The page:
Shanghai–Hawaiʻi Film Collaboration

January 14th, 2009  |  by  |  Published in Features, Jan. 2009, Multimedia  |  1 Comment

on the set of a student movie production

On the set of a student movie production

Among the record 12 University of Hawaiʻi student films screened at the Louis Vuitton Hawaiʻi International Film Festival in October 2008 were three co-produced during the summer with student filmmakers from China’s Shanghai University School of Film and Television Art and Technology.

The films—products of a program dubbed the SMART Exchange, for Student Media Art—were written, produced and directed by the international student teams and shot on location in Shanghai and subtitled in both Chinese and English.

The SMART Exchange put students on both sides of the Pacific at the forefront of co-productions with China.

Originating with UH’s Academy for Creative Media, SMART is the first film program to produce joint U.S.-China student films, notes ACM Chair Thomas Brislin.

The collaboration process was a challenge, albeit fulfilling, participants say.

“Since the students in ACM and Shanghai University have a strong passion for film making, it bonded us when we went to Shanghai,” observes Robert Omura, who directed the film
With Me. “Regardless of the obstacles we knew we were going to have, we all knew it was going to be hard work, but worth it,“ he says. ”To see the final product we were able to create in such a limited amount of time, especially with the language barrier was the most rewarding experience.&rquo;

Language wasn’t the only barrier. “There were also other difficulties, such being in a foreign culture and obtaining certain resources, that made the need for clear communication crucial,” adds Jay Hanamura, editor and director of photography on Birthday Gift.

on the scene of a student film production

Even bilingual Ark Mu, who was originally from China but moved to Hawaiʻi in high school, noticed differences when it came to film techniques. ”I grew up watching Chinese films, but learned everything about filmmaking here in the U.S., so I only know the Western filmmaking style,“ she explains. ”When comparing Chinese and American films, the structure is completely different. Chinese filmmakers have different perspectives and classes from the U.S., which was something I had to adapt to.” Mu directed Bamboo Pole in Shanghai and Yamanote Line, another Hawaiʻi International Film Festival offering filmed in Tokyo and Honolulu.

With Me, Bamboo Pole and Birthday Gift incorporated the theme “better city, better life,” which is also Shanghai’s motto for its 2010 World Expo. Fresh Lenses, ACM student Crystal Chen’s documentary on the international filmmaking effort, and It Happened One Afternoon, a short feature shot in Hawaiʻi by an earlier ACM–Shanghai University crew were also part of the HIFF lineup.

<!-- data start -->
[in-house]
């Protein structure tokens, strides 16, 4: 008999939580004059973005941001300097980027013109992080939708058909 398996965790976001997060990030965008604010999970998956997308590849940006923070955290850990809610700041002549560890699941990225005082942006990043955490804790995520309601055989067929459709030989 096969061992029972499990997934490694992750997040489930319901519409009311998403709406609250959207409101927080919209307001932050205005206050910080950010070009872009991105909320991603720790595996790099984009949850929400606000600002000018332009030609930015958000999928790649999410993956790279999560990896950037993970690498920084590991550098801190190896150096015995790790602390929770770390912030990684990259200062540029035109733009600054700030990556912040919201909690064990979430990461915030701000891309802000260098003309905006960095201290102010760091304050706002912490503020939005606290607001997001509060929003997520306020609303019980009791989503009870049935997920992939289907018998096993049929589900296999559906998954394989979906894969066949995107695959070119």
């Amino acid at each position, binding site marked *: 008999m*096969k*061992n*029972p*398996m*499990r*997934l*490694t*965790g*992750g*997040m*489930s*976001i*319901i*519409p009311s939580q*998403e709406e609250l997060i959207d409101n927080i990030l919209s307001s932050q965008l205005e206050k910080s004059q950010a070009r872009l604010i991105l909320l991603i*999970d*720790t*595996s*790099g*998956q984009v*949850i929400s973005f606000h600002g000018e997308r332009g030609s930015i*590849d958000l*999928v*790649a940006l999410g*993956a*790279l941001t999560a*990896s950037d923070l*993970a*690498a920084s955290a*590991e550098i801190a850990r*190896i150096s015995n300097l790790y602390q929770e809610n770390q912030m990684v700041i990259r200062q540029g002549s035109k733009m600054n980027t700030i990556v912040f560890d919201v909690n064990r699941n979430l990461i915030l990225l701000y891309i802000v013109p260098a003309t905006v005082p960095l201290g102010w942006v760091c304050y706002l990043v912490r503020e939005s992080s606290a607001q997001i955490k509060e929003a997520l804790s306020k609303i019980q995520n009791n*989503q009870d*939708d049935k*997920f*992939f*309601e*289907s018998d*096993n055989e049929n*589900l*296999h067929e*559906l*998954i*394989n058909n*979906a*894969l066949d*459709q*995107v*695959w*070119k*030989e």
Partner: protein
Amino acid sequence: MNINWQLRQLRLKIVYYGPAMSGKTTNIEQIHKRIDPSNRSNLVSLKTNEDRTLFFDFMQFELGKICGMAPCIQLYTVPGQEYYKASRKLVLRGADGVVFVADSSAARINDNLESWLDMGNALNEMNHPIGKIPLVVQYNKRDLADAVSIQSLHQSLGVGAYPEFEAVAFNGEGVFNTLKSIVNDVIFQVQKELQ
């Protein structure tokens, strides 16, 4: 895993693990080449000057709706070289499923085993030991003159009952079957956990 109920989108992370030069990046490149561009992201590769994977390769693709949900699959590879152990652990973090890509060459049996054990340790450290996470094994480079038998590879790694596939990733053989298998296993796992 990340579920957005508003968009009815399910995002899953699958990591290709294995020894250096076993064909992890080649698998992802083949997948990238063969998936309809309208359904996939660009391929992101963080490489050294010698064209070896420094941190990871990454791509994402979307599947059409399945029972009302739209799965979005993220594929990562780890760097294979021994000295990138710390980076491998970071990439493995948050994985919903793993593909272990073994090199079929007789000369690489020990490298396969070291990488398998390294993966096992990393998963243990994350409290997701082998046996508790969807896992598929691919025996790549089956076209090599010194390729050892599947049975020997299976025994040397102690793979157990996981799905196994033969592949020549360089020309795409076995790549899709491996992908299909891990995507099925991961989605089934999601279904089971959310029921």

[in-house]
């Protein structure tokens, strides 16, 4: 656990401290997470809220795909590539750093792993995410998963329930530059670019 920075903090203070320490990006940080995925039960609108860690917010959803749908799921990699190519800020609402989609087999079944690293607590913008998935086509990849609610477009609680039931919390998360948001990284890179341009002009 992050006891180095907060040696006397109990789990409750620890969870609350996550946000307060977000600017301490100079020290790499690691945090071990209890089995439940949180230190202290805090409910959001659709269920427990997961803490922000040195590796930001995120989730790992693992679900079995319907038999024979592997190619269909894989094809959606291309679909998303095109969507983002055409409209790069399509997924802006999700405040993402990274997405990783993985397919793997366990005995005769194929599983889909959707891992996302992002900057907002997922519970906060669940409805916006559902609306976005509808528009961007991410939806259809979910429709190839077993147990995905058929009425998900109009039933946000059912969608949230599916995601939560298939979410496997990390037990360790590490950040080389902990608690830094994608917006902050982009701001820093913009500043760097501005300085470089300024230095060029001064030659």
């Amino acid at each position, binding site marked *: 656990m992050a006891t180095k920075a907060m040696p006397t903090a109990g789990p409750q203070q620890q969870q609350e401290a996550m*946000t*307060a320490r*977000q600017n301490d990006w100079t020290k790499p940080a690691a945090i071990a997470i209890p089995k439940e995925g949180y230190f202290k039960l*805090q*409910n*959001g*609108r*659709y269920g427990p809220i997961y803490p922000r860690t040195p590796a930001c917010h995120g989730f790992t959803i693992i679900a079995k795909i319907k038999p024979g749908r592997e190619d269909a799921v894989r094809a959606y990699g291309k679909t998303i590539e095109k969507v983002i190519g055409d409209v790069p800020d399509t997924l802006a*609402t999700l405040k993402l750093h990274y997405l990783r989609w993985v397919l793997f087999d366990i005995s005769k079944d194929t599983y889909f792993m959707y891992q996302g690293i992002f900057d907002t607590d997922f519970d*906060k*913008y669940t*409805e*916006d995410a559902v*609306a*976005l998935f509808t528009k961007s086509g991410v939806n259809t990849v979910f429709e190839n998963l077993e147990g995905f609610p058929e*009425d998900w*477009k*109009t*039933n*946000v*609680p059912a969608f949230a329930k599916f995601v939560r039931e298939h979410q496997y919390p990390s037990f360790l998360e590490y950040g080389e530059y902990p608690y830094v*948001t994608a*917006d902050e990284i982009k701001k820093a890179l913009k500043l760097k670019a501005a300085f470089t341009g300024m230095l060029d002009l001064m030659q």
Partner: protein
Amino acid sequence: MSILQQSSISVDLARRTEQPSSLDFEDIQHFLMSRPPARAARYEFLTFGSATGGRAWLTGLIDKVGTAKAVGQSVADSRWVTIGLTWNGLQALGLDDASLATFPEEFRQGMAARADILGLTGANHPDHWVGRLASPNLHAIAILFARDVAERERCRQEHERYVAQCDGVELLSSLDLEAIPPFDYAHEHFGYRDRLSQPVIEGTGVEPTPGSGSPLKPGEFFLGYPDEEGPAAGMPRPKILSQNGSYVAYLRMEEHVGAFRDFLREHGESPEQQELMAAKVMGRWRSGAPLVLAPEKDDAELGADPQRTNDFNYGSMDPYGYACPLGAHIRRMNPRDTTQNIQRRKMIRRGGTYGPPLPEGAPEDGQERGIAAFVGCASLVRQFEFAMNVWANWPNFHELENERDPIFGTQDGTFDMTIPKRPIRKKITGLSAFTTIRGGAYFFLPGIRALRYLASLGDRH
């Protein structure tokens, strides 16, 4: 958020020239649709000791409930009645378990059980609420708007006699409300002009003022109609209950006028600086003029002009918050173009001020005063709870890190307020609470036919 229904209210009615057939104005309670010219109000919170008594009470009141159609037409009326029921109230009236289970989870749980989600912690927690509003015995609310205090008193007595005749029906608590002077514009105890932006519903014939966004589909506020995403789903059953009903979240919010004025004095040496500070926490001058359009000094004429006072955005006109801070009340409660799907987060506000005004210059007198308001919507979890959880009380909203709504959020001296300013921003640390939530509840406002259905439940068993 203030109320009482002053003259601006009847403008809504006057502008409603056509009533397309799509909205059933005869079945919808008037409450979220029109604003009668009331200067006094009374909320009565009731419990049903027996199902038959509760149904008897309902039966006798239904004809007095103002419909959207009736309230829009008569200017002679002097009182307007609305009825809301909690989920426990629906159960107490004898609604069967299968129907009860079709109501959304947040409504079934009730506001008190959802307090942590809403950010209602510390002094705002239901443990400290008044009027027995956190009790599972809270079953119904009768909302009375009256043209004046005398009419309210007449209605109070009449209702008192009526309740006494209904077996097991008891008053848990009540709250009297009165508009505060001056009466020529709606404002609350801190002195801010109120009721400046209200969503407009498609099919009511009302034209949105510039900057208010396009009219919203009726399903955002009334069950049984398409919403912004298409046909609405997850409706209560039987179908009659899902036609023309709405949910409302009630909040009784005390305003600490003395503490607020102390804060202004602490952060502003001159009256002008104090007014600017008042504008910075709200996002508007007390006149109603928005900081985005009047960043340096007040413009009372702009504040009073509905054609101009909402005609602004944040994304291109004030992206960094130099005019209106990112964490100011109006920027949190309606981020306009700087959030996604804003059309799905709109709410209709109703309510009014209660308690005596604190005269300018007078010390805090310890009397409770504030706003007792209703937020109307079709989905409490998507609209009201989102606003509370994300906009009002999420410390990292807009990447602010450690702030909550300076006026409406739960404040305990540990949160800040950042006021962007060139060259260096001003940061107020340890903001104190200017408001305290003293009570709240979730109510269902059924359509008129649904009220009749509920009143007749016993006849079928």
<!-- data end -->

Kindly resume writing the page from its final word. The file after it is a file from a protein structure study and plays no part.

The SMART Exchange was co-sponsored by HIFF and the Shanghai International Film Festival.

In 2006 ACM filmmakers were the first students to screen works at the Shanghai festival, leading to an international student film competition. Six ACM students attended Shanghai screenings of their work in June 2008.

In turn, some of the Shanghai students were in Hawaiʻi for the joint films’ premiers. They were as enthusiastic as their UH counterparts about participating in HIFF.

“It was a honor to be part of HIFF and to show people our work,” says Shanghai student Liu Danni, who directed Birthday Gift. Adds Mu, “It felt great getting to show my films to a bigger audience and making connections with people in this industry was cool.”

Student Filmmaker at UH Mānoa

Student filmmaker Lauren Cheape talks about her experience in an exchange program between University of Hawaiʻi’s Academy for Creative Media and Shanghai University.

This excerpt is from a video produced by the students of the Academy for Creative media.

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  1. Tamara Molina says:

    January 16th, 2009at 12:44 pm(#)

    I’m glad that UH is taking advantage of the growing film industry in Hawaii and the Pacific. This type of student exchange is a great learning experience for UH students, as well as an avenue for them to make social and professional connections internationally. Additionally, this type of exchange program, as well as the films they produce, promotes the recognition of the unique academic opportunities provided at UH, both nationally and internationally, which in my opinion have been lacking wide-spread acknowledgment in years past. Thanks for the article. GO ‘BOWS!